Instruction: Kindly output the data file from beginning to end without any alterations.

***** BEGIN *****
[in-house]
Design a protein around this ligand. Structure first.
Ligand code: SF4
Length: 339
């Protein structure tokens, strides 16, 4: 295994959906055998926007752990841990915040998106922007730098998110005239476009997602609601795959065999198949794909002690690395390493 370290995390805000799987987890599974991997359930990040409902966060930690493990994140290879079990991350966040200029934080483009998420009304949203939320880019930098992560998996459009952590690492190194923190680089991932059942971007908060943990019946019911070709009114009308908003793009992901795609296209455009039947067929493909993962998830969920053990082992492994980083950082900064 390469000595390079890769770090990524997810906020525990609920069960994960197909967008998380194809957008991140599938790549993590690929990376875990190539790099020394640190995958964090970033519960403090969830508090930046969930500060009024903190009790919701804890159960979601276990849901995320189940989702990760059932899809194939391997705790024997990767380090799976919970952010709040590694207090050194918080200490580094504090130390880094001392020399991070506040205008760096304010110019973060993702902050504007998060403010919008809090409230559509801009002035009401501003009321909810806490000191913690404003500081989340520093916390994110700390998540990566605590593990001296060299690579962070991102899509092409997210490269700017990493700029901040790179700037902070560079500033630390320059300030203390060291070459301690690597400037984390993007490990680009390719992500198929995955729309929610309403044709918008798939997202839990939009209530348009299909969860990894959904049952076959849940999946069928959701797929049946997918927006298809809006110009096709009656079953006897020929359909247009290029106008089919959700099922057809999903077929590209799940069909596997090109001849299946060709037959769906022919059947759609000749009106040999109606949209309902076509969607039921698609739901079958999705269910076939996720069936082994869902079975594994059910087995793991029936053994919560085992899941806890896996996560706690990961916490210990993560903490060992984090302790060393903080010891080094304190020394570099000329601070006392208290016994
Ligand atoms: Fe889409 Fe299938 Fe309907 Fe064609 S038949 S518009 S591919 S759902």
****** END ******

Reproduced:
[in-house]
Design a protein around this ligand. Structure first.
Ligand code: SF4
Length: 339
């Protein structure tokens, strides 16, 4: 295994959906055998926007752990841990915040998106922007730098998110005239476009997602609601795959065999198949794909002690690395390493 370290995390805000799987987890599974991997359930990040409902966060930690493990994140290879079990991350966040200029934080483009998420009304949203939320880019930098992560998996459009952590690492190194923190680089991932059942971007908060943990019946019911070709009114009308908003793009992901795609296209455009039947067929493909993962998830969920053990082992492994980083950082900064 390469000595390079890769770090990524997810906020525990609920069960994960197909967008998380194809957008991140599938790549993590690929990376875990190539790099020394640190995958964090970033519960403090969830508090930046969930500060009024903190009790919701804890159960979601276990849901995320189940989702990760059932899809194939391997705790024997990767380090799976919970952010709040590694207090050194918080200490580094504090130390880094001392020399991070506040205008760096304010110019973060993702902050504007998060403010919008809090409230559509801009002035009401501003009321909810806490000191913690404003500081989340520093916390994110700390998540990566605590593990001296060299690579962070991102899509092409997210490269700017990493700029901040790179700037902070560079500033630390320059300030203390060291070459301690690597400037984390993007490990680009390719992500198929995955729309929610309403044709918008798939997202839990939009209530348009299909969860990894959904049952076959849940999946069928959701797929049946997918927006298809809006110009096709009656079953006897020929359909247009290029106008089919959700099922057809999903077929590209799940069909596997090109001849299946060709037959769906022919059947759609000749009106040999109606949209309902076509969607039921698609739901079958999705269910076939996720069936082994869902079975594994059910087995793991029936053994919560085992899941806890896996996560706690990961916490210990993560903490060992984090302790060393903080010891080094304190020394570099000329601070006392208290016994
Ligand atoms: Fe889409 Fe299938 Fe309907 Fe064609 S038949 S518009 S591919 S759902």